The appointment of former Brazilian president Luiz Inacio Lula da Silva as chief of staff by his successor, Dilma Rousseff has been blocked by a federal judge in the capital Brasilia.
The federal judge issued an injunction on Thursday saying that the appointment could derail a judicial investigation against the former president.
Lula da Silva is being investigated for allegedly benefiting from a bribery scheme. Prosecutors investigating corruption at the state oil company, Petrobras, last week charged him with fraud and money laundering.
The government has said it would appeal the court’s decision.
Under Brazilian law, cabinet ministers can only be investigated by the Supreme Court and not federal courts.
Lula da Silva’s appointment is thus seen as a move by the government to shield him from prosecution in the corruption scandal code-named Operation Car Wash.
But President Rousseff said that protecting Lula from prosecution was not the motivation for the appointment.
“Lula’s arrival in my government strengthens it and there are people who don’t want it to be stronger,” the BBC quoted her as saying.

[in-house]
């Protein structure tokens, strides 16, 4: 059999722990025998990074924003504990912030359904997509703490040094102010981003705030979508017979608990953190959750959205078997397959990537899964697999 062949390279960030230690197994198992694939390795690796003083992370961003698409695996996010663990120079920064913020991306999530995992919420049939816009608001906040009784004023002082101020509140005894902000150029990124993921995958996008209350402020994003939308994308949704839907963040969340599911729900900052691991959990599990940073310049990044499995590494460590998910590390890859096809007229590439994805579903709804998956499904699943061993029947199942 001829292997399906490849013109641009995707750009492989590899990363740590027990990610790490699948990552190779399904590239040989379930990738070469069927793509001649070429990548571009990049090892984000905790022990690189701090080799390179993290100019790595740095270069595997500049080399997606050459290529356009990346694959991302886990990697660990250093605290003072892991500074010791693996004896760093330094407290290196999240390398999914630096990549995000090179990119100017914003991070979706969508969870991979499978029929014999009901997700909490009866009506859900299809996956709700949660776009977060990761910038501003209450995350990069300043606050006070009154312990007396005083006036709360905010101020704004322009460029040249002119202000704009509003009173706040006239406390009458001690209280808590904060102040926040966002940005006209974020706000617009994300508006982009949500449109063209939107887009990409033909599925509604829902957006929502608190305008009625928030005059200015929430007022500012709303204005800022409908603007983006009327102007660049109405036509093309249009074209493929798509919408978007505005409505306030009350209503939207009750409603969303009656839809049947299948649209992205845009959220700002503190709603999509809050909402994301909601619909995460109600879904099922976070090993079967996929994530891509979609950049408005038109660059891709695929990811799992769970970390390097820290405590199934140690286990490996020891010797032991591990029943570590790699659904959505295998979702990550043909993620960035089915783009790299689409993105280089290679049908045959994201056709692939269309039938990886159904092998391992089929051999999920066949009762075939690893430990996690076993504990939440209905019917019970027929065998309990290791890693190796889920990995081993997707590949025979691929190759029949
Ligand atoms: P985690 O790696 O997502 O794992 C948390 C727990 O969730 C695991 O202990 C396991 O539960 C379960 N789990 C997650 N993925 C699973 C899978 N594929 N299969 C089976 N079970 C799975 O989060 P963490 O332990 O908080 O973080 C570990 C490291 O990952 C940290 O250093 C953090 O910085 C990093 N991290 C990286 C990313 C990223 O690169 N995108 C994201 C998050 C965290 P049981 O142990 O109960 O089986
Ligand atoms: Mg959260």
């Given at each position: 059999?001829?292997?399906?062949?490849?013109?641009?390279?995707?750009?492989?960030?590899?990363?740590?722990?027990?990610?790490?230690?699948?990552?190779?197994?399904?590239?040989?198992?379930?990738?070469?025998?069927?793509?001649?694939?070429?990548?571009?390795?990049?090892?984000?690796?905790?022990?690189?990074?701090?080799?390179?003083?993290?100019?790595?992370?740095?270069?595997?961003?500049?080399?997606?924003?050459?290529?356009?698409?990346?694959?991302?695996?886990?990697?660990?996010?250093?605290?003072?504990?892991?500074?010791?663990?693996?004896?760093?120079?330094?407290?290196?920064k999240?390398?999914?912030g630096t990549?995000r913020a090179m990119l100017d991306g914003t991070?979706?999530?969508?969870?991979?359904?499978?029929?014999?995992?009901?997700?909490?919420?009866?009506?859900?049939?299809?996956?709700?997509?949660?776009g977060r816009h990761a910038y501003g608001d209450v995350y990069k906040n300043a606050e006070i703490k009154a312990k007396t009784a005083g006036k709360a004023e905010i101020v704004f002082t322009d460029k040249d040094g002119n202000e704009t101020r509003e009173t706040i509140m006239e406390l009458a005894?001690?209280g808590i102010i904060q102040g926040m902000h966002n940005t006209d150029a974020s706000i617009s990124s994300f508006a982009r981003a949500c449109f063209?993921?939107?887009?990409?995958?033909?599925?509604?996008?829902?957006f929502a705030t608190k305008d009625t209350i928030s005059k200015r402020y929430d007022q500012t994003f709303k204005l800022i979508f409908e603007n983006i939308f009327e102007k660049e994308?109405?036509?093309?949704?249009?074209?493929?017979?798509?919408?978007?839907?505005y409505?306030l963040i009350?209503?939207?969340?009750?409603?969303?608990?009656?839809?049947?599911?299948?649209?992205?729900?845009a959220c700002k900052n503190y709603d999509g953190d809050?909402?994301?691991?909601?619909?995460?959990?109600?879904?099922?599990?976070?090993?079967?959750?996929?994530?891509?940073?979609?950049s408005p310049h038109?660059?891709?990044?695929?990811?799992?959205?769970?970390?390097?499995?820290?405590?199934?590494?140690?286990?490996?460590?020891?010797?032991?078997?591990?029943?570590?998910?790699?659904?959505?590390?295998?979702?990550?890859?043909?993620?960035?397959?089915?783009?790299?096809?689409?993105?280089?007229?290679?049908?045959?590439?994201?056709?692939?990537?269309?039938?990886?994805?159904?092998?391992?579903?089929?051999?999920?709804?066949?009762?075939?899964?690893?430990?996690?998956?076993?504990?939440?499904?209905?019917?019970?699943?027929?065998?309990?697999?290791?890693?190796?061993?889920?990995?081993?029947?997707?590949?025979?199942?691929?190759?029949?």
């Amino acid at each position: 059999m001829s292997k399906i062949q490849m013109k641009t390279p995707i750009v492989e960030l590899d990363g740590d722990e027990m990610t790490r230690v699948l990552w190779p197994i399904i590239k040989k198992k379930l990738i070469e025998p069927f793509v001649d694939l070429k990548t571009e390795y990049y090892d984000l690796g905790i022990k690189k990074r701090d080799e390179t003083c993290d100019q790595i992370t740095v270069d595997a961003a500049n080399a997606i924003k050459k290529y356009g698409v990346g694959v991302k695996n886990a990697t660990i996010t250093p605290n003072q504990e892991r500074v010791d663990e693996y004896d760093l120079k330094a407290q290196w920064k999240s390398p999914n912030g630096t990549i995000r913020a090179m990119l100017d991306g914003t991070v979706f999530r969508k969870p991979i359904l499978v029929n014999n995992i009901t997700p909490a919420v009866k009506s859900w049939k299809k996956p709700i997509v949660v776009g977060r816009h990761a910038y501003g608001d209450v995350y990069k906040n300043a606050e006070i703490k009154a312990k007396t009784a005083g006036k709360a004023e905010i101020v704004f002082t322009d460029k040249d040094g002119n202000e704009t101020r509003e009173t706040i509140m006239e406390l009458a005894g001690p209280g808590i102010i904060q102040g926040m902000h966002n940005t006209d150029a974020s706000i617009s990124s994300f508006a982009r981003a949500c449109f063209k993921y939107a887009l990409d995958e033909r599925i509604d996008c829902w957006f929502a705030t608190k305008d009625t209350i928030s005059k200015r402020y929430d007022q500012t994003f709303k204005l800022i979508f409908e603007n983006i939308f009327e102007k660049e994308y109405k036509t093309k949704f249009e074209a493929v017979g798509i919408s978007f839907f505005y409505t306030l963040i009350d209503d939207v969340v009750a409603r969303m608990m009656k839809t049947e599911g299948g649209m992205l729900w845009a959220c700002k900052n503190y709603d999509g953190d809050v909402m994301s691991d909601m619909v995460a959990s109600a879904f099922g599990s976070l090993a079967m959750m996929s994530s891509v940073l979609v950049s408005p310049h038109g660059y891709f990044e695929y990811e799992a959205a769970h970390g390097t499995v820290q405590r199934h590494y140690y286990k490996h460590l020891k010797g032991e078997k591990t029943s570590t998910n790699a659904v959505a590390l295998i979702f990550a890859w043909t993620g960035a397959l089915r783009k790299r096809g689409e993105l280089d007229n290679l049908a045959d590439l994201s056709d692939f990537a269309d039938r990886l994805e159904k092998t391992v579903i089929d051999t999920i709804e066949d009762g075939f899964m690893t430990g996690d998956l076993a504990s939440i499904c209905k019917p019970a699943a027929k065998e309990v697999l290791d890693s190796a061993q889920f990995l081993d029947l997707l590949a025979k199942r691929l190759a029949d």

On March 4, Lula was briefly detained and questioned over allegations of money laundering connected to Operation Car Wash, a massive investigation into corruption at the state oil giant, Petrobras.
He denies the allegations and said they are aimed at preventing him from running for president again in 2018.
His appointment has however sparked protests in several cities with those supporting him and those against him pouring out onto the streets.
In a taped telephone conversation released by the judge overseeing the investigation, Ms Rousseff offered to send Lula a copy of his appointment “in case of necessity” – interpreted by some as meaning in case he needed it to avoid arrest.